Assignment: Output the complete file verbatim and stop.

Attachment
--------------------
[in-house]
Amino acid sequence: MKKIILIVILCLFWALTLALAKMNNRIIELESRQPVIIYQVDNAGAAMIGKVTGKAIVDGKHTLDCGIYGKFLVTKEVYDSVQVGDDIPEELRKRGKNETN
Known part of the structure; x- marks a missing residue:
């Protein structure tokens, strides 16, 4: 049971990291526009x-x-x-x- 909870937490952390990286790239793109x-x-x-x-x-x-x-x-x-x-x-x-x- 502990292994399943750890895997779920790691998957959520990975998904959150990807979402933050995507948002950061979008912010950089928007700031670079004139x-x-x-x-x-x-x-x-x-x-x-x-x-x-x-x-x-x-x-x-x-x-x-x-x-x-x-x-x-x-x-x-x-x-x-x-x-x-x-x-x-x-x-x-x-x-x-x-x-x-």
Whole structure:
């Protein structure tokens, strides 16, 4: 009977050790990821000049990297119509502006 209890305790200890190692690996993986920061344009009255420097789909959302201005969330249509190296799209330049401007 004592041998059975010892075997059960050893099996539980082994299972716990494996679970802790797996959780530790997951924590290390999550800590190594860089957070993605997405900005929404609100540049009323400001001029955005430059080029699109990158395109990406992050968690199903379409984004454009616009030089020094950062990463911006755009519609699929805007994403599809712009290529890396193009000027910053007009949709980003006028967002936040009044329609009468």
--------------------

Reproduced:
[in-house]
Amino acid sequence: MKKIILIVILCLFWALTLALAKMNNRIIELESRQPVIIYQVDNAGAAMIGKVTGKAIVDGKHTLDCGIYGKFLVTKEVYDSVQVGDDIPEELRKRGKNETN
Known part of the structure; x- marks a missing residue:
């Protein structure tokens, strides 16, 4: 049971990291526009x-x-x-x- 909870937490952390990286790239793109x-x-x-x-x-x-x-x-x-x-x-x-x- 502990292994399943750890895997779920790691998957959520990975998904959150990807979402933050995507948002950061979008912010950089928007700031670079004139x-x-x-x-x-x-x-x-x-x-x-x-x-x-x-x-x-x-x-x-x-x-x-x-x-x-x-x-x-x-x-x-x-x-x-x-x-x-x-x-x-x-x-x-x-x-x-x-x-x-």
Whole structure:
């Protein structure tokens, strides 16, 4: 009977050790990821000049990297119509502006 209890305790200890190692690996993986920061344009009255420097789909959302201005969330249509190296799209330049401007 004592041998059975010892075997059960050893099996539980082994299972716990494996679970802790797996959780530790997951924590290390999550800590190594860089957070993605997405900005929404609100540049009323400001001029955005430059080029699109990158395109990406992050968690199903379409984004454009616009030089020094950062990463911006755009519609699929805007994403599809712009290529890396193009000027910053007009949709980003006028967002936040009044329609009468």